When they arrive at Sparta, Telemachus and Pisistratus are warmly welcomed. Telemachus is moved to tears by Menelaus' recollections of his friend Odysseus. The king and queen recall some of Odysseus' exploits at Troy but postpone serious talk until the next day. In the morning, Menelaus expresses outrage at the behavior of Penelope's suitors and encourages Telemachus by telling him that Odysseus is alive and a captive of Calypso.
Back in Ithaca, the suitors have discovered that Telemachus is gone and plan to ambush his ship on its return. Penelope is distraught to learn of her son's trip and the planned assassination but is soothed by a vision sent by Athena. Homer leaves the plot of Telemachus dangling as selected suitors board a vessel to set up the surprise attack.
Menelaus' queen is the same Helen whose abduction from Sparta caused the Trojan War. Foreshadowing Odysseus' disguise when he returns to Ithaca, Helen recalls how he scarred his body and donned slave's clothing in order to slip into Troy under the guise of a beggar. Still with the Trojans at that time, she alone suspected that the beggar was a spy; but she protected his secret until he was safely gone. Menelaus recalls the crafty Odysseus' legendary ruse of the Trojan horse that led to the defeat of Troy.
Although thrilled to hear these stories, Telemachus is more encouraged by Menelaus' revelation, the next day, that Odysseus may yet live. In order to learn his own way home to Sparta, Menelaus, marooned in Egypt, had to trap Proteus, Poseidon's servant and a shape-shifter who can instantly turn himself into a serpent, panther, boar, tree, or even a torrent of water. Proteus' daughter, a sea-nymph, told Menelaus how to catch her father and get the truth from him. In addition to learning his own way home, Menelaus also learned that Odysseus was alive and a captive of Calypso on Ogygia.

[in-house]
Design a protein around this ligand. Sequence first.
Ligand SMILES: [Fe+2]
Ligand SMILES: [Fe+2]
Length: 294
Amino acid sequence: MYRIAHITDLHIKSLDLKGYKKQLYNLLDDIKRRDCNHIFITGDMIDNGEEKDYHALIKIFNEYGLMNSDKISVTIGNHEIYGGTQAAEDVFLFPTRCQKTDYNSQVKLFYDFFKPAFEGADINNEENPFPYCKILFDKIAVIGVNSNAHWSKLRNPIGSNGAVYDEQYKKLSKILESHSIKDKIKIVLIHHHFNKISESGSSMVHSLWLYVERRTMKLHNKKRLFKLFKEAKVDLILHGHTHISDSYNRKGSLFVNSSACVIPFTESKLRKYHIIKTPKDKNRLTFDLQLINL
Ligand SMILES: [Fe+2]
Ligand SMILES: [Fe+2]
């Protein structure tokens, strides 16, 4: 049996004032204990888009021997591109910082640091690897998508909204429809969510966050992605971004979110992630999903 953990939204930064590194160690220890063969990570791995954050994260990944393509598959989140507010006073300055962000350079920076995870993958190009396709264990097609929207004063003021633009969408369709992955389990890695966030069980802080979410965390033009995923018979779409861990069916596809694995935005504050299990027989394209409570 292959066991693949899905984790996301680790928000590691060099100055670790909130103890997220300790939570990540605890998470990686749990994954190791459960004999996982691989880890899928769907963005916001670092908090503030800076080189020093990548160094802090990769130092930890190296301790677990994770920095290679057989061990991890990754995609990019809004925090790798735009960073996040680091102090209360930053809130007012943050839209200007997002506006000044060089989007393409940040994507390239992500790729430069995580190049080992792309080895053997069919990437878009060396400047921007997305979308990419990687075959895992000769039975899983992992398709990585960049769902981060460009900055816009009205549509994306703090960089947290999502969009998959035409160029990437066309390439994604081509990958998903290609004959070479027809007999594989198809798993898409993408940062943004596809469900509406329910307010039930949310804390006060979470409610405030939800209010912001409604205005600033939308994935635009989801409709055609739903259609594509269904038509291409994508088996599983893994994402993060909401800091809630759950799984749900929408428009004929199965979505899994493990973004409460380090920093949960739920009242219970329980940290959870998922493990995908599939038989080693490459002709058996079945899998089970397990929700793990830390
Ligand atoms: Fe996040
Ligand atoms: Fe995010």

Over the centuries, some scholars have asserted that no one poet could have presented the world of The Iliad and that of The Odyssey. In The Iliad, many of the same characters as those found in The Odyssey are filled with the vigor of youth and devoted to the honors of war or the thrills of lust. Helen is an example. She was, as Christopher Marlowe would write more than 2,000 years after the creation of The Odyssey," . . . the face that launched a thousand ships, / And burnt the topless towers of Ilium" (The Tragical History of Doctor Faustus, 1604) — the woman whose abduction was the catalyst for the Trojan War.
Although she is still quite striking (4.136) in The Odyssey, she is a matronly, middle-aged hostess, far different from the Helen who drove men to such desire that they were willing to go to war for her. However, the disparity between her portrayal in The Iliad and that in The Odyssey need not be interpreted as evidence against a single author. Instead, it merely marks the passage of time — approximately 20 years. Helen, like all the principals from the Trojan War who are still alive, is simply older. The amazing thing about Odysseus is that, despite the passage of years, he will be able rise to the insult of the suitors and once more take arms as he did in his prime.
Zeus king of the gods in ancient Greek mythology.
Olympus highest mountain in Greece and legendary home of the gods.
Aphrodite goddess of love and beauty, daughter of Zeus.
Pharos island near the mouth of Egypt's Nile river.
Proteus the "Old Man of the Sea," a sea god and servant of Poseidon known for his ability to change shape.
Ajax (4.560) the Greek warrior whose offense at Athena's temple resulted in Odysseus' wanderings; not to be confused with the Great Ajax, whom Odysseus defeated in the contest for Achilles' armor.